4. Immerse yourself in your surroundings and new culture; read the local newspapers, listen to local radio, and visit your library and community centre. During our early days I used to listen to BBC Radio online and try to catch up with the UK newspapers. This made me homesick, so I decided to ‘get local’. It worked and helped enormously with the transition. Chief on the other hand still reads the UK papers online every day – probably for the sport! 
  5.  If you are going to join an online forum dedicated to expat POMS who moan about not being able to purchase their favourite chocolate, crisps or breakfast cereal, immigration is not for you. Stay where you are. 
  6. “Nothing is going to land in your lap” says Chief. Just because you have been granted a visa doesn’t mean that Australia owes you a living. You work hard – and harder still. You only get out what you put in. Opportunities will come your way – take them, you never know where they are going to lead you. 
  7. Don’t move just because of the decent weather; of course the increased days of gorgeous sunshine are going to help lift your spirits but it’s a by-product of living here, not the reason to move here.
  8. Be wise to Australia’s First Nations People. I didn’t know much at all about the treatment of Aboriginal Australians. Massacred by the British for their land and a Generation Stolen, just two examples of indigenous injustice. It wasn’t taught in school and it hadn’t occurred to me to educate myself on these matters. After all, Aboriginal Australians live in their communities and we live in ours, right?
  9. Being Australian is all about ‘mateship.’ With a multiculturally rich and diverse population, Australia is a country full of opportunities and experiences to be had and you would be crazy not to take advantage of that.
  10. ‘Don’t expect to realise your dreams in the first ten years’. Someone told us that during our first year and they were spot on. By the time you are established in your dream jobs, your family is settled and established on their own life-journey, you have planned for your long-term Australian future into retirement, you have history with your new friends and enough years behind you to reminisce with them, then you can say you’ve made it!   

As a footnote I wrote this totally ignoring our new ‘Covid-19’ way of life. Of course no one is going to be migrating at the moment; in fact immigration is at its lowest point since the early 1970s but dreams can be formed and plans made for when hopefully we can carry on with our lives.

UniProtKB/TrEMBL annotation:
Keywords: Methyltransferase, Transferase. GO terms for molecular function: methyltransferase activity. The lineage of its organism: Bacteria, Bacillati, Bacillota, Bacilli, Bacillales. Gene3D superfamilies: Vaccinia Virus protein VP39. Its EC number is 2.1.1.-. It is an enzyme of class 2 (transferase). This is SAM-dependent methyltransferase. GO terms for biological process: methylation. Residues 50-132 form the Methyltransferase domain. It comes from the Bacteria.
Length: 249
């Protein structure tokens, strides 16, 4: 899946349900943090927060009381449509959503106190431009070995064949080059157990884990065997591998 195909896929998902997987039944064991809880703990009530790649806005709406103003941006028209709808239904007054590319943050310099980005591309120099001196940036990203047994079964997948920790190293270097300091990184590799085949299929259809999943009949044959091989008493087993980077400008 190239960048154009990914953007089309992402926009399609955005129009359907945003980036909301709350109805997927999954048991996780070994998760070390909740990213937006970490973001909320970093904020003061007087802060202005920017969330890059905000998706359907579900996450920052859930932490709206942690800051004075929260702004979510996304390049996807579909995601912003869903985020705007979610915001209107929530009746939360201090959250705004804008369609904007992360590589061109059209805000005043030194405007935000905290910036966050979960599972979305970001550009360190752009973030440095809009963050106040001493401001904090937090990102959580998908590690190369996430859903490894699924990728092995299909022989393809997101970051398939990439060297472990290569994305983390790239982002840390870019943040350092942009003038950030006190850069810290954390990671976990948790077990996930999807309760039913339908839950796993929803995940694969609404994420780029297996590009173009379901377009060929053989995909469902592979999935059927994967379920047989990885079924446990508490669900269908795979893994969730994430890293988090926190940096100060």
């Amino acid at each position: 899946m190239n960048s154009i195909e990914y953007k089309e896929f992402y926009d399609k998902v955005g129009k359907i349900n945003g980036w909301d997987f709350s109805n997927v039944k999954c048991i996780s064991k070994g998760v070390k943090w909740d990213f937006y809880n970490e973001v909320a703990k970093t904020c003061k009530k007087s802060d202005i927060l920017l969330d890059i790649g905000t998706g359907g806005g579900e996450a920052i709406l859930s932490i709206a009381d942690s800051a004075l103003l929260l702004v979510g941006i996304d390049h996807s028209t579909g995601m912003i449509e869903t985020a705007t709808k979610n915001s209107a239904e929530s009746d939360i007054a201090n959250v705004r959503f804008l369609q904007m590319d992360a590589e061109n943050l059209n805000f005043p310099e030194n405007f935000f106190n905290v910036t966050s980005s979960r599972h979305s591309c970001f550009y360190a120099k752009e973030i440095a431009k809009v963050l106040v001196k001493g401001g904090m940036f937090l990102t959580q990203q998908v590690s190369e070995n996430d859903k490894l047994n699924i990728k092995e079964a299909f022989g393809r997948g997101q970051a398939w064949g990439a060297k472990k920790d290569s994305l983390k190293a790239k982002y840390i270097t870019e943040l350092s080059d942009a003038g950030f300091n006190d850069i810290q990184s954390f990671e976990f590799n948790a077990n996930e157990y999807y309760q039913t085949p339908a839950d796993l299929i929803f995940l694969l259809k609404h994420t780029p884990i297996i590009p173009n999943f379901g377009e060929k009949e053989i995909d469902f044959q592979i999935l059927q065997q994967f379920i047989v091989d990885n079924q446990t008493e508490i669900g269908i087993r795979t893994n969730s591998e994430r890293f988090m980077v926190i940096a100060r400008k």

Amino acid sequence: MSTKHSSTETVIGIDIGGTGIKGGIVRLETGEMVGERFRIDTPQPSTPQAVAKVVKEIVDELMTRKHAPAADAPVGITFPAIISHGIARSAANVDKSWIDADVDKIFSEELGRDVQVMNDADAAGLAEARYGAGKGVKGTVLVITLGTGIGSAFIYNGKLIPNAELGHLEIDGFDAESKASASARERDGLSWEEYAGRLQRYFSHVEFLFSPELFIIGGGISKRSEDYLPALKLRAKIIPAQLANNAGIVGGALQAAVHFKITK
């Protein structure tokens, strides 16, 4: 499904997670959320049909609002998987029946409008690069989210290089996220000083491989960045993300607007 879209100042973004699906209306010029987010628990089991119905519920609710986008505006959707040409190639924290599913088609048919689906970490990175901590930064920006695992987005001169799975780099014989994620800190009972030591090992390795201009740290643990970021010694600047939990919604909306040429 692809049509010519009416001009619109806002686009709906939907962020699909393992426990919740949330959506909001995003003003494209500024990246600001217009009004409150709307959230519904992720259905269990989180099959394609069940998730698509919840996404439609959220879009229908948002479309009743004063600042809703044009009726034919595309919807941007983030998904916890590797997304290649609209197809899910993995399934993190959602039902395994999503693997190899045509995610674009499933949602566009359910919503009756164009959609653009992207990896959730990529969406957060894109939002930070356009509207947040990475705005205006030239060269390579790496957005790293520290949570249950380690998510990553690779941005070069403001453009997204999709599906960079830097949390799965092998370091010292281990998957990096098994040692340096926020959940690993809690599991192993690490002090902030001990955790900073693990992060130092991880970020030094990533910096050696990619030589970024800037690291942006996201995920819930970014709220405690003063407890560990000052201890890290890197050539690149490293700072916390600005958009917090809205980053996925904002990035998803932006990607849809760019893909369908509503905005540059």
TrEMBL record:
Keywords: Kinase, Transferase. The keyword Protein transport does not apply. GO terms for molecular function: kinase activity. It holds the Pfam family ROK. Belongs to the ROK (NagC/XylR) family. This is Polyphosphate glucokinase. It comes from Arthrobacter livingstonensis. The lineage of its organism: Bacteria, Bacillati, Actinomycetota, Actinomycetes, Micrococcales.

I’ll leave you with a note from one of our children posted under our bedroom door at the end of our first trip back to the UK in 2009. It kind of made it all worthwhile.

Dearest Rents, I just wanted to say a huge thank you for taking me to Australia. I can’t describe how grateful I am for you changing my life for better. I know it was hard on you guys, well; it was hard on all of us, but coming back now and seeing what I would’ve been has opened my eyes to what a great life I have, so thank you so much for letting me live such a great life.

2006 Kanagaroo

By Waking the Wombat

Life - part two; Australia. Having spent the first 39 years of my life in England, with two adult children who don't need me so much, a workaholic husband and a head full of stuff waiting to be unleashed, Waking the Wombat is my place to share life's experiences with you.

7 replies on “Antipodean Anniversary”

What a great message to get from one of your children. The treatment of native people sounds exactly like the crap that went on in the US. Is the AUS population split about whether that was a bad thing?

Liked by 1 person

Thanks Jeff, it really was a special message from a 13 year old! I see ThoughtsBecomeWords has answered your query; I don’t think Australian children were educated on Indigenous Austrlalian history – I thought it was just me being in the UK. If it wasn’t for white man arriving on these shores, Aboriginal Australian’s wouldn’t have half the problems they are living with now.

Liked by 2 people